Will UserPreferenceChanged always be raised on the UI thread, or should one call Form.Invoke in order to make sure the "right" thread's CurrentCulture is affected?

# Michael S. Kaplan on 5 Apr 2005 10:29 AM:

The message technically goes to the top level windows and also to threads (I think the latter is used), and you can always have more than one of those.

But technically you should be able to call it from anywhere and see it reset the data all over (the cache is not itself per thread). The truly paranoid could enumerate threads and call it repeatedly from all of them, but I believe the results would be the same.

And of course you could do the more complicated dance that I referred to in the code in the article (http://msdn.microsoft.com/msdnmag/issues/05/03/CultureInfo/) but the purpose here was just to show the event, not the plumbing....

# Eric on 5 Apr 2005 11:43 AM:

Incidentally, the code in that article doesn't compile. The else is missing a closing bracket, and localeCur is a variable, not a method, but it has parens after it. :)

# Michael S. Kaplan on 5 Apr 2005 12:29 PM:

Oops! Sorry about that. :-(

# Ruben on 5 Apr 2005 4:11 PM:

I meant to ask that. Honest! But a comment on the docs though: jeez, could they be any more contradictory?

"The ClearCachedData method refreshes the information in CurrentCulture, ..."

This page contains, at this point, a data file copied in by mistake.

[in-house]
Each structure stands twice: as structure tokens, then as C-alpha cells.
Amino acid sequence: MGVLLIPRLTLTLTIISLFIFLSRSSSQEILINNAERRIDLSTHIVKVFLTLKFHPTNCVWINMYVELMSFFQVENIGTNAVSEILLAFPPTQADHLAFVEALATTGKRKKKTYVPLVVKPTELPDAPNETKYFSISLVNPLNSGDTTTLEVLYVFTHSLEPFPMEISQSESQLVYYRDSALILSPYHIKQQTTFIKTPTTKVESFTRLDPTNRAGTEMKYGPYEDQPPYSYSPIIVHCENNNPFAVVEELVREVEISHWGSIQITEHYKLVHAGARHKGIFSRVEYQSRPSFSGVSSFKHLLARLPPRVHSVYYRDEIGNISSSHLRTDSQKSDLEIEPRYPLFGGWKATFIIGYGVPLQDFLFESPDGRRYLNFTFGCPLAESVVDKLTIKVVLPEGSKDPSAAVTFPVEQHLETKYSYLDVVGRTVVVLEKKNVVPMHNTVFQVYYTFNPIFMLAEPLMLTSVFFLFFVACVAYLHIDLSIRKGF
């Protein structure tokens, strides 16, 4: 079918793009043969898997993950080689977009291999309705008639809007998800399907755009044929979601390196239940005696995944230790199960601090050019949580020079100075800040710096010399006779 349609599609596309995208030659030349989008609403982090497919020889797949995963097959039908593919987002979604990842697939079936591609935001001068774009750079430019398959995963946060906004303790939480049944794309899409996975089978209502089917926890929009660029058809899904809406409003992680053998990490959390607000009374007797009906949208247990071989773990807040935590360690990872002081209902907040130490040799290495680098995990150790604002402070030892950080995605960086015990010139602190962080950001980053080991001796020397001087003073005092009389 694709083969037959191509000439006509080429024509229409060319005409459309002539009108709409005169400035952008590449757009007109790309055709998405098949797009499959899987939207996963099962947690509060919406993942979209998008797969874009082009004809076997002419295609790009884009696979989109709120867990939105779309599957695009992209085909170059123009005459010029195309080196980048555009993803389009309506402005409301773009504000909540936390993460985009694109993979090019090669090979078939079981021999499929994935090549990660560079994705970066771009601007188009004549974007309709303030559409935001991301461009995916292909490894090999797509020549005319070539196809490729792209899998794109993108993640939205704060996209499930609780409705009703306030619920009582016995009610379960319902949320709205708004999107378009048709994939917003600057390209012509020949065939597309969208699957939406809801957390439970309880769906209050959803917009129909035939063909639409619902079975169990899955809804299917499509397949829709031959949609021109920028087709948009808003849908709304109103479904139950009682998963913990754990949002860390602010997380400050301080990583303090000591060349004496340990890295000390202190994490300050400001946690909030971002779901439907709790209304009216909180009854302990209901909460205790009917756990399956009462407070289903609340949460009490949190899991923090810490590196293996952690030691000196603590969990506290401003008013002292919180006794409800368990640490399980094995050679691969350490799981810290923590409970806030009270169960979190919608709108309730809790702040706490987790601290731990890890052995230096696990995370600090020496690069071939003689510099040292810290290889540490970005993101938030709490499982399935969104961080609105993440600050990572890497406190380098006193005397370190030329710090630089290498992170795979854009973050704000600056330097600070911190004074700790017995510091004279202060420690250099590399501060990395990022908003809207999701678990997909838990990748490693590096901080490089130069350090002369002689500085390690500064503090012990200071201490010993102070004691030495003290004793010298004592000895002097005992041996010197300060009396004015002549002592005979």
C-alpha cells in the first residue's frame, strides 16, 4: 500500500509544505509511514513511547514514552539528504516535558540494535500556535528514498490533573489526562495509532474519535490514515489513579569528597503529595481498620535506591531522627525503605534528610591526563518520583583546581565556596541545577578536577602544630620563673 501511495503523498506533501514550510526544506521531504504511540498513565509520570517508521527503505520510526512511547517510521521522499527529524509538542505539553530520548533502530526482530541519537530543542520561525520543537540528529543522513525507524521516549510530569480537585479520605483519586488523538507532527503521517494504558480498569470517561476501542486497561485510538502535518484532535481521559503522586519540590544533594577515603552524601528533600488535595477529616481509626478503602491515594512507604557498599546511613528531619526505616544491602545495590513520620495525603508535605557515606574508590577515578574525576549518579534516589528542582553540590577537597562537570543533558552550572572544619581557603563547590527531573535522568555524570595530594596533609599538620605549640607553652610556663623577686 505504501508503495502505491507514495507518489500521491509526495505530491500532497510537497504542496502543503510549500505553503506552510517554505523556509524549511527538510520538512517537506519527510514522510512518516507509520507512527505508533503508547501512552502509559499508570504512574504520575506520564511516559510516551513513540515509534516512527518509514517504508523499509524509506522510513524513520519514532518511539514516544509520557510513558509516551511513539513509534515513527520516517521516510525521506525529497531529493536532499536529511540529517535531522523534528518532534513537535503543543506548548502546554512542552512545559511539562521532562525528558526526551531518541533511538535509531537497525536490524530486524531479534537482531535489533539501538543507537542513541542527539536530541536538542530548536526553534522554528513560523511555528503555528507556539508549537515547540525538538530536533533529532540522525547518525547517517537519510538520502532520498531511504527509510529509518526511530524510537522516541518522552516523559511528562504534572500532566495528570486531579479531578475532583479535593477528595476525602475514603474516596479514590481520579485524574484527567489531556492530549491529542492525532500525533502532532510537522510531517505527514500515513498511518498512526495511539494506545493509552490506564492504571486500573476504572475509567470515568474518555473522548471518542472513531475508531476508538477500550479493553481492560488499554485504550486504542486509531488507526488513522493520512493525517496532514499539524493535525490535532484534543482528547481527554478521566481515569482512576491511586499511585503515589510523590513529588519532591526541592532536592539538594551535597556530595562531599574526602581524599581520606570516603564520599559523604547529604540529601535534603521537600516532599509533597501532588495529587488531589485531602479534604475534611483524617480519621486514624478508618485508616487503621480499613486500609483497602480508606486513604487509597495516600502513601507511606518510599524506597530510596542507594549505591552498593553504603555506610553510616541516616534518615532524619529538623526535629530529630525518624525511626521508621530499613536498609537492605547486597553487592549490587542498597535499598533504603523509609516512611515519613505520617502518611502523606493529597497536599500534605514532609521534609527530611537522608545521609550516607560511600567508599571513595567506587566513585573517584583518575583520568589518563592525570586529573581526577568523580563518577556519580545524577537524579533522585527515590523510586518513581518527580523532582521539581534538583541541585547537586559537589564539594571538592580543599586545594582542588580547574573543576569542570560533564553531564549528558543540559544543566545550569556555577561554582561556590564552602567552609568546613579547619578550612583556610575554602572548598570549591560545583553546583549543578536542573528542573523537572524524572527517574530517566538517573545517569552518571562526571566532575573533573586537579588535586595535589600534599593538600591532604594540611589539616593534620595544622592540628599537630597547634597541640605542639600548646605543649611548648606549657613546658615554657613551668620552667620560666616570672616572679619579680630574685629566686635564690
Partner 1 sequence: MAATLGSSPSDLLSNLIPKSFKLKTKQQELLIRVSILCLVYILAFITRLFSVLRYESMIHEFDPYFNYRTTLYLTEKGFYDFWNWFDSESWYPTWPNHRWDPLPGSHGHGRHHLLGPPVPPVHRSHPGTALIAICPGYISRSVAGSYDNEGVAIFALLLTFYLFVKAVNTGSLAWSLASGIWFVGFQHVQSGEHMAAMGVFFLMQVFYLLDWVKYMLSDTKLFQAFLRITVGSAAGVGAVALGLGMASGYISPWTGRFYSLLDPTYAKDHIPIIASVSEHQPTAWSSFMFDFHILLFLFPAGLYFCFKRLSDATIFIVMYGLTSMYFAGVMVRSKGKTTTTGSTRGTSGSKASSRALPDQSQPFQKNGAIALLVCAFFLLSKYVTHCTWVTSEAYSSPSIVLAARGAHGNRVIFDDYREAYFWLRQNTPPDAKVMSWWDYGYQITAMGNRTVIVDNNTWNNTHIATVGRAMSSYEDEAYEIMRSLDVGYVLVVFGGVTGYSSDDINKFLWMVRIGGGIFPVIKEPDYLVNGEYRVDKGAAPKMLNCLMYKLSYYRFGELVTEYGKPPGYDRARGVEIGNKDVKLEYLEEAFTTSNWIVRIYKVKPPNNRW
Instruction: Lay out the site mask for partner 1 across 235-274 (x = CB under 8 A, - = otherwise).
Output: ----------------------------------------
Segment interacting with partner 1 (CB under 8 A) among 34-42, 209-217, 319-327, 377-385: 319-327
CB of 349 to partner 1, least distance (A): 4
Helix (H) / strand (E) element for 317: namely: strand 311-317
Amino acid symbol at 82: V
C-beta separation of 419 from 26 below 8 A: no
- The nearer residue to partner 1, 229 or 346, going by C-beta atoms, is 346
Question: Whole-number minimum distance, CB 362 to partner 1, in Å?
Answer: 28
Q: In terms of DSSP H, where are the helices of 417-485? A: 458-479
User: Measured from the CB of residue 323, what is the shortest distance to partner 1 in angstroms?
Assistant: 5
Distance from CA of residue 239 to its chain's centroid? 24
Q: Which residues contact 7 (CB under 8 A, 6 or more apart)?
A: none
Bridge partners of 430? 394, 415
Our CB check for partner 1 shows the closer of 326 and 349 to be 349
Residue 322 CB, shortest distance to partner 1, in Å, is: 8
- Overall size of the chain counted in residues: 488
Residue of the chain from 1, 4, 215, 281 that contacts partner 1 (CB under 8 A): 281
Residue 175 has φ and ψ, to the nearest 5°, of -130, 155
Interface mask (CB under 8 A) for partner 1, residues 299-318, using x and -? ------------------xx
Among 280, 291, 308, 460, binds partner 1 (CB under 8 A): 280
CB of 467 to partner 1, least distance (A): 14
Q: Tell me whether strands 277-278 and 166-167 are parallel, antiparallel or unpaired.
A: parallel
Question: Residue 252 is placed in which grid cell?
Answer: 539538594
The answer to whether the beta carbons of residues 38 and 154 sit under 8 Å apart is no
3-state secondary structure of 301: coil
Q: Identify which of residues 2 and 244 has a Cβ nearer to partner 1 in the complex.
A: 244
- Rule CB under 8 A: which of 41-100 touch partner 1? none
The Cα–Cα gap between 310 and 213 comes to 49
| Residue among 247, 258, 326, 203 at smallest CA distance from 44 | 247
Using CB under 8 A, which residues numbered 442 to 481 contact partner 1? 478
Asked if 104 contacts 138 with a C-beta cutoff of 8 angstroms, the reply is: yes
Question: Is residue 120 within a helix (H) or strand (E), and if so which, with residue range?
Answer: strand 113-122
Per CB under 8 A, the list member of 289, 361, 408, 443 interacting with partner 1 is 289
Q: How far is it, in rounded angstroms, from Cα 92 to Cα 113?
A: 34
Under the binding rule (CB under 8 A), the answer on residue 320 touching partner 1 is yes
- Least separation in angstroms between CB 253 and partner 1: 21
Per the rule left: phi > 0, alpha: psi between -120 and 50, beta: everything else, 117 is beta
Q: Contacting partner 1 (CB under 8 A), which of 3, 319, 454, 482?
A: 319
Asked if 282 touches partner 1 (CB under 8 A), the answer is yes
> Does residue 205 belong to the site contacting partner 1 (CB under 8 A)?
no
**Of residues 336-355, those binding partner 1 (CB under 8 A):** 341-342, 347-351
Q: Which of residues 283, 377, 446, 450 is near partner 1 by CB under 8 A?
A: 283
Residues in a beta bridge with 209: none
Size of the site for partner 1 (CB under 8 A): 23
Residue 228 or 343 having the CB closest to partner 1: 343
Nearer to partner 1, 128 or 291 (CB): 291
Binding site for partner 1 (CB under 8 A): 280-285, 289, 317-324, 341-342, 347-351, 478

right next to

"This method does not refresh the information in CurrentCulture for existing threads."

Isn't the current thread an "existing thread"?

What about changing your regional settings to a completely different culture, not just changing some values. I guess this is covered here as well? All new LCID and Name properties and such? In that case: what does ClearCachedData do on a culture not bound to Current(UI)Culture (CreateSpecificCulture, new()). It doesn't say! (Hint: a small yes and a big NO!)

Thankfully, Reflector tells me that the static properties Current(UI)Culture of CultureInfo (and some more) are reset, not the properties of the culture you used to call ClearCachedData on. Somehow I get the feeling that this method should have been static...

Oh, and didn't your mother tell you never to lock(typeof(...))? ;-)

# Michael S. Kaplan on 6 Apr 2005 9:18 AM:

The docs are a little confusing on this point -- they mean to refer to the fact that the ones in other threads have this issue. If you need to, you can actually either put the listener in other threads or just enumerate the threads and call it on each one.

Which I guess explains why it is an instance method, because although its biggest effect is static there are some instnace features, too....

The current behavior of a culture that is not the user default (and has not been the user default since creation or the last time ClearCachedData was called) is that it just makes the data get re-fetched. But if that ever changed this would be the method to get those changes made, right? :-)

Pesky Reflector!!! :-)

# Scott on 20 Apr 2005 10:54 AM:

About the threading of UserPreferenceChanged, if you're using Windows Forms controls (or anything with thread affinity), you should invoke.

referenced by

2011/01/03 Bad news: you may have to clear the cache; Good news: you *can* clear the cache